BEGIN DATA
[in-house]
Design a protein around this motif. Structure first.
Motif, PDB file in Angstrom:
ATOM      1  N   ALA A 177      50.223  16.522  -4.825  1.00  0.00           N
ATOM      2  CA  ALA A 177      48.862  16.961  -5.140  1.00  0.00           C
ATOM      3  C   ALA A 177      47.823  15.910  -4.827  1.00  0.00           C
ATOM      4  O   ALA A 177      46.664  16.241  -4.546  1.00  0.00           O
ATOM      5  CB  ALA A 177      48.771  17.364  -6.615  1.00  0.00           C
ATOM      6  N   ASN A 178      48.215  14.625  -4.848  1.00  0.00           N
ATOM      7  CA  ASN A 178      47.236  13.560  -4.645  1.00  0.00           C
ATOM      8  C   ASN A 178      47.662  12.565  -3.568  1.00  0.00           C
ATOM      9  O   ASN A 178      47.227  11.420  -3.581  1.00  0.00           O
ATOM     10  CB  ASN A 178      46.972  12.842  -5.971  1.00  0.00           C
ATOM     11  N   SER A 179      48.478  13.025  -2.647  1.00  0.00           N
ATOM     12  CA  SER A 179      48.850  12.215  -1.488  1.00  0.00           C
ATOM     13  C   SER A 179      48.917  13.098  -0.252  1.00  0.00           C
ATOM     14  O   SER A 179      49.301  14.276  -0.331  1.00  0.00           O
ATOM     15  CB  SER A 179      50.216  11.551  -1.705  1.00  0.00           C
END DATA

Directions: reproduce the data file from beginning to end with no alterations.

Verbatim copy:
[in-house]
Design a protein around this motif. Structure first.
Motif, PDB file in Angstrom:
ATOM      1  N   ALA A 177      50.223  16.522  -4.825  1.00  0.00           N
ATOM      2  CA  ALA A 177      48.862  16.961  -5.140  1.00  0.00           C
ATOM      3  C   ALA A 177      47.823  15.910  -4.827  1.00  0.00           C
ATOM      4  O   ALA A 177      46.664  16.241  -4.546  1.00  0.00           O
ATOM      5  CB  ALA A 177      48.771  17.364  -6.615  1.00  0.00           C
ATOM      6  N   ASN A 178      48.215  14.625  -4.848  1.00  0.00           N
ATOM      7  CA  ASN A 178      47.236  13.560  -4.645  1.00  0.00           C
ATOM      8  C   ASN A 178      47.662  12.565  -3.568  1.00  0.00           C
ATOM      9  O   ASN A 178      47.227  11.420  -3.581  1.00  0.00           O
ATOM     10  CB  ASN A 178      46.972  12.842  -5.971  1.00  0.00           C
ATOM     11  N   SER A 179      48.478  13.025  -2.647  1.00  0.00           N
ATOM     12  CA  SER A 179      48.850  12.215  -1.488  1.00  0.00           C
ATOM     13  C   SER A 179      48.917  13.098  -0.252  1.00  0.00           C
ATOM     14  O   SER A 179      49.301  14.276  -0.331  1.00  0.00           O
ATOM     15  CB  SER A 179      50.216  11.551  -1.705  1.00  0.00           C